Confusion reigned in the Macedonian Parliament on Wednesday as changes to the Criminal Code were introduced by the Government, than withdrawn and ultimately the ruling majority accepted to advance them further into law. If adopted in full, the changes would significantly weaken down the penalties provided for public officials who unlawfully sign procurement contracts or otherwise abuse their office.

Given the speed with which the changes are forced through and the timing, it seems clear that they are being proposed in order to allow members of Parliament charged under the numerous politically motivated cases initiated by the Special Prosecutors Office to escape jail time, in exchange for their votes to rename Macedonia into North Macedonia. This is the second amnesty law of sorts being pushed through the Parliament, after the members of Parliament charged with “terrorism” over the April 27th 2017 incident in the Parliament already successfully negotiated a targeted amnesty law in exchange for their votes.

Prime Minister Zoran Zaev, who was elected on the back of promises of ruthless crackdown on corruption and on claims that he will not allow amnesty for political officials accused of wrongdoing, yesterday sheepishly acknowledged he is still short of the necessary 81 votes to rename Macedonia into North Macedonia. A draft proposal to water down the Criminal Code was introduced in the early afternoon, but was then withdrawn. Government spokesman Mile Bosnjakovski tried to reassure angry SDSM supporters on his social media account that the Government is not proposing changes to the Criminal Code that will allow their political opponents who SDSM has vilified for years to avoid prison time. Justice Minister Renate Deskoska also denied that the Government is involved in this. But, shortly later another version of the same proposal was submitted again, by a group of SDSM and DUI members of Parliament, one of whom probably mistakenly acknowledged that the proposal comes from the Government and is not an independent initiative by their group in Parliament.

– We saw three versions of the proposed changes to the Criminal Code from yesterday until today. We demand that you explain to us which version is being put to vote. Members of Parliament can’t follow what is going on, said Nikola Micevski, head of the VMRO-DPMNE group in Parliament. Miceski also raised objections over the move by Speaker Talat Xhaferi to propose the changes under the “European flag” procedure, used to push laws through an expedited procedure if they are needed to align Macedonian laws with those of the European Union.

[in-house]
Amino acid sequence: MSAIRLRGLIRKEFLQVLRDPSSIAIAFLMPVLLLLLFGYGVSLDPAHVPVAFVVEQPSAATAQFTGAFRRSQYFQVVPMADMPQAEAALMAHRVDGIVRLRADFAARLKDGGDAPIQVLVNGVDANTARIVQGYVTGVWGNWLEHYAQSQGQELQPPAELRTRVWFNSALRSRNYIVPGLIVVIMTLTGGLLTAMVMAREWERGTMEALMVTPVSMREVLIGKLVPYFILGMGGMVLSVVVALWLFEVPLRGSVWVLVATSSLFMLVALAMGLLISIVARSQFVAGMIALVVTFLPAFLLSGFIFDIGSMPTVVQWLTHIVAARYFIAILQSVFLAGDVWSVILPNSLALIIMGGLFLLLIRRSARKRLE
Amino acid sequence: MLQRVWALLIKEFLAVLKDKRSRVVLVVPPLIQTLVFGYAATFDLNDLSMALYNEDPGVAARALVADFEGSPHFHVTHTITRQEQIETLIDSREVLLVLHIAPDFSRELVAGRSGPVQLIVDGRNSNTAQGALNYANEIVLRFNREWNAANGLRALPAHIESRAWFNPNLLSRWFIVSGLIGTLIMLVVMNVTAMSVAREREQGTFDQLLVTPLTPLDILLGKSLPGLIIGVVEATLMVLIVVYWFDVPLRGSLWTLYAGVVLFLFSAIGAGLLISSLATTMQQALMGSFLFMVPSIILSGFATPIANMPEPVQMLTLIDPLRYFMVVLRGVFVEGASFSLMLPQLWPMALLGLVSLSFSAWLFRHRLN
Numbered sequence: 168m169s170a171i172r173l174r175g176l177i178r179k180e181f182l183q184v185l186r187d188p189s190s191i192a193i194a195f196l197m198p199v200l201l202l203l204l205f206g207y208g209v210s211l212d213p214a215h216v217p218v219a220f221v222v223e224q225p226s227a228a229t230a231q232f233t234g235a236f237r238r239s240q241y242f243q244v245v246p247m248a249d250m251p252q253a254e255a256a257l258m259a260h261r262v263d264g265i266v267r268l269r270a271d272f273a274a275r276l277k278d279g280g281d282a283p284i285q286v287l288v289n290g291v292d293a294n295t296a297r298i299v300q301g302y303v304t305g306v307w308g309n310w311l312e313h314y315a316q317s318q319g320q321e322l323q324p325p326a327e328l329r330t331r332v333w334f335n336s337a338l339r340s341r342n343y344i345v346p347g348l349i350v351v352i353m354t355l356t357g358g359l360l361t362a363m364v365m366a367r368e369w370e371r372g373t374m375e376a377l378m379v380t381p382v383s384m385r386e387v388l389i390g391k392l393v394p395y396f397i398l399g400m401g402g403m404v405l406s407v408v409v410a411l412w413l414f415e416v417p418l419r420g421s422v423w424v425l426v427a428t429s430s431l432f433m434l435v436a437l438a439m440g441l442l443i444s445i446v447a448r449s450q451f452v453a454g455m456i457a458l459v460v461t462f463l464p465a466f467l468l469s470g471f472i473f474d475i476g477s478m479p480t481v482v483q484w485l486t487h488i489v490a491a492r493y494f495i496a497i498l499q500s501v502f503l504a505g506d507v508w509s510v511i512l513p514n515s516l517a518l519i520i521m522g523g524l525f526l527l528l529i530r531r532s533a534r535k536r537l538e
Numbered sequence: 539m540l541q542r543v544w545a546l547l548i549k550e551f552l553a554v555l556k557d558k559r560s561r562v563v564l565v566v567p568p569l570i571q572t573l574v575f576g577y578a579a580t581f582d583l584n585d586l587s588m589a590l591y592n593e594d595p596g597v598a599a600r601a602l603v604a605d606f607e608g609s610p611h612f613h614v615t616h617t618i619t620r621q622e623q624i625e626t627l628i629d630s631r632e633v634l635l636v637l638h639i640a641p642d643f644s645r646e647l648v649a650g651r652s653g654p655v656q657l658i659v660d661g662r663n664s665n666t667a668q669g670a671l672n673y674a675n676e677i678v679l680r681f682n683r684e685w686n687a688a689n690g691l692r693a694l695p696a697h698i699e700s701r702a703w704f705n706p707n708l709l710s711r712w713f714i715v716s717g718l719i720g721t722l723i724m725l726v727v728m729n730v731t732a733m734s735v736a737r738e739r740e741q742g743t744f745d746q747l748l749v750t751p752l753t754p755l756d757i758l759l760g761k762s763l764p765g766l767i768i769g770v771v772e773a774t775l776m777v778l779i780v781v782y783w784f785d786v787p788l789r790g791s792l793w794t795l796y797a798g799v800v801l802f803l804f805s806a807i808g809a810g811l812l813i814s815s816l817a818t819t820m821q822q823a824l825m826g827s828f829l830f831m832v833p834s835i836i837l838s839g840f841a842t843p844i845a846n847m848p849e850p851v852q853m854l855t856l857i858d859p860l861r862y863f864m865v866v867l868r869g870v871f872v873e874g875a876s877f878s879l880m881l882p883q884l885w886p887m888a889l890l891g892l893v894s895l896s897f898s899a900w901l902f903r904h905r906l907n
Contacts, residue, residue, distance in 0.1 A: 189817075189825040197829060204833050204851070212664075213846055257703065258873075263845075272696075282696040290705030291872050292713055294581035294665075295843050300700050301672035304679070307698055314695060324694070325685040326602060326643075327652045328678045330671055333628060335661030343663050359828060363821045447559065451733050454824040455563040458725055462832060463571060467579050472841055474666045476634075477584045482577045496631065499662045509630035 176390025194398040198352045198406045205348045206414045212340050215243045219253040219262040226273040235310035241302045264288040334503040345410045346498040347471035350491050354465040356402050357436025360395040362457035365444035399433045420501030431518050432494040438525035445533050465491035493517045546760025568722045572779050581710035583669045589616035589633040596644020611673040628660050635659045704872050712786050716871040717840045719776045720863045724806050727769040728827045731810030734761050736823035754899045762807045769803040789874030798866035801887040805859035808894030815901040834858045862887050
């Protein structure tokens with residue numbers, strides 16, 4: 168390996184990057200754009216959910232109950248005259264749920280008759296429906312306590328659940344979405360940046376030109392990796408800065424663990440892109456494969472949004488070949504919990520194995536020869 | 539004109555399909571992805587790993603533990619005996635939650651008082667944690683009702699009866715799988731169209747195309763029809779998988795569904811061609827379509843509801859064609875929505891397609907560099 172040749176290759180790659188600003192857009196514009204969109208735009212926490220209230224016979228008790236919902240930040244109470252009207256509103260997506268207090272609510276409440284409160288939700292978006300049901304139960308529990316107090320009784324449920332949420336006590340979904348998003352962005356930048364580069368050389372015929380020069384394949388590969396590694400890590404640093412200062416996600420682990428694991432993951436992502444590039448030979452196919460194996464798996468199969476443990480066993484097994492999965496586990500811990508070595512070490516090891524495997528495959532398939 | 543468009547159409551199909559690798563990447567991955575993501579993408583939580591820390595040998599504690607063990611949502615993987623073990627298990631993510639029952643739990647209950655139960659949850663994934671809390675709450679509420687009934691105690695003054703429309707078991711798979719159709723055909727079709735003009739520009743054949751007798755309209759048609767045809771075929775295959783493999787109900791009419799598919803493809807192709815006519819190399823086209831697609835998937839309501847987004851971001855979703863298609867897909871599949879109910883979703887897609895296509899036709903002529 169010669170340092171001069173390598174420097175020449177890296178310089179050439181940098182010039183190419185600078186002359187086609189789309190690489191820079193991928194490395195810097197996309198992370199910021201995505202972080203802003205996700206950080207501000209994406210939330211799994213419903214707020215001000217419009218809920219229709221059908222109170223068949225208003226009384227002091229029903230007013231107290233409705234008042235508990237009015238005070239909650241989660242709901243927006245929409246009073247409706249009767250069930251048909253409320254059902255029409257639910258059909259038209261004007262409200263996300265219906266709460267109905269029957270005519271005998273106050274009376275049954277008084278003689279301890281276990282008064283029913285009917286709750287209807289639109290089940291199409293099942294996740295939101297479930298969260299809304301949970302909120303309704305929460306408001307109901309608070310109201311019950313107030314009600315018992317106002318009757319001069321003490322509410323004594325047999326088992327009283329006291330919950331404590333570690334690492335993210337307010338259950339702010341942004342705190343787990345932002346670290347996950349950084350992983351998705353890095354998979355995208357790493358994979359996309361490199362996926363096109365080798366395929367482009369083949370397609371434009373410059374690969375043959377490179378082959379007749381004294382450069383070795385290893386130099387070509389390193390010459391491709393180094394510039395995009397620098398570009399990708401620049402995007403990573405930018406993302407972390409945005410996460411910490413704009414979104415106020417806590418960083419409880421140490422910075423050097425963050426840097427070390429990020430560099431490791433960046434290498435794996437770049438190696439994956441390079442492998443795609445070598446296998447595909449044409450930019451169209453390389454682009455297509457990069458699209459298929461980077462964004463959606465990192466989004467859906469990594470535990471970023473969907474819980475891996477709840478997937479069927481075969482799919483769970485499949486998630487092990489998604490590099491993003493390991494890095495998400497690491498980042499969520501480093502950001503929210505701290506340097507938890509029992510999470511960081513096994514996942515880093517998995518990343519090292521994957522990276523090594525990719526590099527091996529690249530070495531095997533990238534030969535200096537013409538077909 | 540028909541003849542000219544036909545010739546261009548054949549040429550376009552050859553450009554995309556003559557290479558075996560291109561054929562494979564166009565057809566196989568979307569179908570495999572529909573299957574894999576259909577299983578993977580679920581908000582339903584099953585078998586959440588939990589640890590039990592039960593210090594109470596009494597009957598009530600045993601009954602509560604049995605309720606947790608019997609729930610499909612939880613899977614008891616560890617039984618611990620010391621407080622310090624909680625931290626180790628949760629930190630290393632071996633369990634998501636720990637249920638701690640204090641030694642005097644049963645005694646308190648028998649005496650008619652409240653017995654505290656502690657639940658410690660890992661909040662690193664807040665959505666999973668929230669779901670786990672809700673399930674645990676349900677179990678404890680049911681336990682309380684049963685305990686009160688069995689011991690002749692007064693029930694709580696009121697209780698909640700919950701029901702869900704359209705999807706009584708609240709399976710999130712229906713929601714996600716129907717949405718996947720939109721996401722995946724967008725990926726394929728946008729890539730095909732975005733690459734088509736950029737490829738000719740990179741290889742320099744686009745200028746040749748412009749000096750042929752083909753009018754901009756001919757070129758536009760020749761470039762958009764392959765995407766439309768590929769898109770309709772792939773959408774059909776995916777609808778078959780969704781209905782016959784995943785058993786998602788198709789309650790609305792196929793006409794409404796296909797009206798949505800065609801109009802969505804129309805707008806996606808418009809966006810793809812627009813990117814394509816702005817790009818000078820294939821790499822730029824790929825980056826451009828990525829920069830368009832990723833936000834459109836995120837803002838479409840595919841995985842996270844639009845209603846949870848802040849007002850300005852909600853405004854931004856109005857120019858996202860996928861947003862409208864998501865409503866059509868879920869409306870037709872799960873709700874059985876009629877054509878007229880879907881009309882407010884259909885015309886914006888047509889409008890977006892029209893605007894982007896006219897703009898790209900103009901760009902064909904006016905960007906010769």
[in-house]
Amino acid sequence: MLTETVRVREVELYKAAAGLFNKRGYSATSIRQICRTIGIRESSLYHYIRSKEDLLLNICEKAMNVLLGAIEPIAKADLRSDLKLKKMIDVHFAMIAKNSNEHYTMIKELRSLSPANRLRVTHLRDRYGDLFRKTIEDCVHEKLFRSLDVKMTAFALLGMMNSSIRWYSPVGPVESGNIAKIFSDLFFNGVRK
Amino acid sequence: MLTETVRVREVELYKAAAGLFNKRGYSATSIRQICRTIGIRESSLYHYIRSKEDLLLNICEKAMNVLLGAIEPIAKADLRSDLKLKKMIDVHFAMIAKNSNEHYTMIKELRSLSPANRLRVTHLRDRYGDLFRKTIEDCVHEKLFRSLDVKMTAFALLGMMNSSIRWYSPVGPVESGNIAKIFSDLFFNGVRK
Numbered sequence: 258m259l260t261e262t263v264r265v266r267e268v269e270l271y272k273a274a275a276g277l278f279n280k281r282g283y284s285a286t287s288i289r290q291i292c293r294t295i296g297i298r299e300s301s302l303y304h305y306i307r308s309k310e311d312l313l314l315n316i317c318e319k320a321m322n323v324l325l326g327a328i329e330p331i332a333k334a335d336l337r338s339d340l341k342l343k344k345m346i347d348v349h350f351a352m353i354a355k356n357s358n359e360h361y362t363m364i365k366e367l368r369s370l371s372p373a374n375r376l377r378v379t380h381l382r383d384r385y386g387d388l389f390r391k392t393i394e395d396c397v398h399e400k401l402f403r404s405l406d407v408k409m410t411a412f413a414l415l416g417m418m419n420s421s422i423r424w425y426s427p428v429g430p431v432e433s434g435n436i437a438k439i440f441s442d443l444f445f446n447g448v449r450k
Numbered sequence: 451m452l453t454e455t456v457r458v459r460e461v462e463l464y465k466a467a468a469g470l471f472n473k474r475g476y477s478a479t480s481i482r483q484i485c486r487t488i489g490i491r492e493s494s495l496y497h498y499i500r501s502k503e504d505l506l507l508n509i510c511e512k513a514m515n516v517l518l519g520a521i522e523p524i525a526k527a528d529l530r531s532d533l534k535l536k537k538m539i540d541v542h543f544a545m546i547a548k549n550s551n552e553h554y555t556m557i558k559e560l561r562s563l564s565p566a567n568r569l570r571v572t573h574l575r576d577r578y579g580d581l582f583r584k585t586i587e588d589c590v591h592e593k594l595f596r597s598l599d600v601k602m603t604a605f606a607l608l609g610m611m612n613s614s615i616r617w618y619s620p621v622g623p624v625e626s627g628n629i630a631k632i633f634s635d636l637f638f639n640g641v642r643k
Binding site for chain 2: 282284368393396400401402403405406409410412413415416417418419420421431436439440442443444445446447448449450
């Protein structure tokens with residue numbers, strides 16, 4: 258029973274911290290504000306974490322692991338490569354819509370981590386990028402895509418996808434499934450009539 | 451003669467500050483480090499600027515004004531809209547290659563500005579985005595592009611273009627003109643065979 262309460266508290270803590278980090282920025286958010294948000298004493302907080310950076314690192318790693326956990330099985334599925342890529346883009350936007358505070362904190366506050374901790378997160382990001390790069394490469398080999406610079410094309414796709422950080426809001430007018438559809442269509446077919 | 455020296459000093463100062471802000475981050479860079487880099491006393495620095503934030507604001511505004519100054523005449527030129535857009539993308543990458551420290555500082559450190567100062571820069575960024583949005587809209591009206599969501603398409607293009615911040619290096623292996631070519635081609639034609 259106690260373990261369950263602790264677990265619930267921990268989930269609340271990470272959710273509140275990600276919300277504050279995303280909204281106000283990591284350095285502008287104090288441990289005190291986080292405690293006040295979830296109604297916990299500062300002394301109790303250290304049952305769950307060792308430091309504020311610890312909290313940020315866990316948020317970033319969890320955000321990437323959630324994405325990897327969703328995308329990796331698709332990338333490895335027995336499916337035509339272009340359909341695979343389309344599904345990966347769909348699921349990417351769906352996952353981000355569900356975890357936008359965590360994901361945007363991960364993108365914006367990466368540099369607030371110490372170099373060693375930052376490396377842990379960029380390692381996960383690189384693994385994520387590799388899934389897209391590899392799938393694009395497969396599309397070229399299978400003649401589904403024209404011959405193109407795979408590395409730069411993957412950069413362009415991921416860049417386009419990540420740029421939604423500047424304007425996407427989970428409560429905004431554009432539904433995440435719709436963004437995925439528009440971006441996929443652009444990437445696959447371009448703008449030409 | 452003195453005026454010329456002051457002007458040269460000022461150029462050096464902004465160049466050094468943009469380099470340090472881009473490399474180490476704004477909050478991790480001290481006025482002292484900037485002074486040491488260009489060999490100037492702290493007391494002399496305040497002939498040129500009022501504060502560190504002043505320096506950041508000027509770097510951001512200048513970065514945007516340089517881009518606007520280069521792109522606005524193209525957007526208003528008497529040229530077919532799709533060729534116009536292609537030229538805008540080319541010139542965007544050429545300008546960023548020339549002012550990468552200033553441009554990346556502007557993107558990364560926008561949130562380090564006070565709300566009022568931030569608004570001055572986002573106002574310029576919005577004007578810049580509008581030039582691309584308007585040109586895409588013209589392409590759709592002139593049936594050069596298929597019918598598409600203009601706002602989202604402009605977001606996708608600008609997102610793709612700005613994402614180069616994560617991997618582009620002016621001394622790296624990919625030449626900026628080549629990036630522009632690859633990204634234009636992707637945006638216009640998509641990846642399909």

– You are again putting the European flag on laws that don’t meet basic requirements to be proposed under this procedure. You spoke about rule of law and justice until you were blue in your face, and now you violate both the Rules of the Parliament and the laws, said Miceski.

Some of the likely beneficiaries of this latest proposal for amnesty could be former Culture Minister Elizabeta Kanceska Milevska, who is charged of abuse of public funds during the construction of a museum and a theater in Skopje. Vladanka Avirovik expects that the law will help get her son Vasilije out of prison. He is sentenced to three years in prison over a public contract to excavate coal in the REK Bitola mine. Zekir Ramcilovic is also not directly charged, but he is close to businessman Sead Kocan who is sentenced to six years in prison over the same contract. Kanceska Milevska, Avirovik and Ramcilovic voted in favor of opening the process to amend the Constitution, but have clearly indicated that they need to get the legal charges removed from them or their family members and political allies if they are to vote in the final move to amend the Constitution and rename Macedonia into North Macedonia.

The changes could also be used in some of the numerous politically driven cases which the Special Prosecutors have begun against former Prime Minister Nikola Gruevski, former UBK security service director Saso Mijalkov, former Interior Minister Gordana Jankuloska, former Transportation Minister Mile Janakieski and other officials who faced political persecution.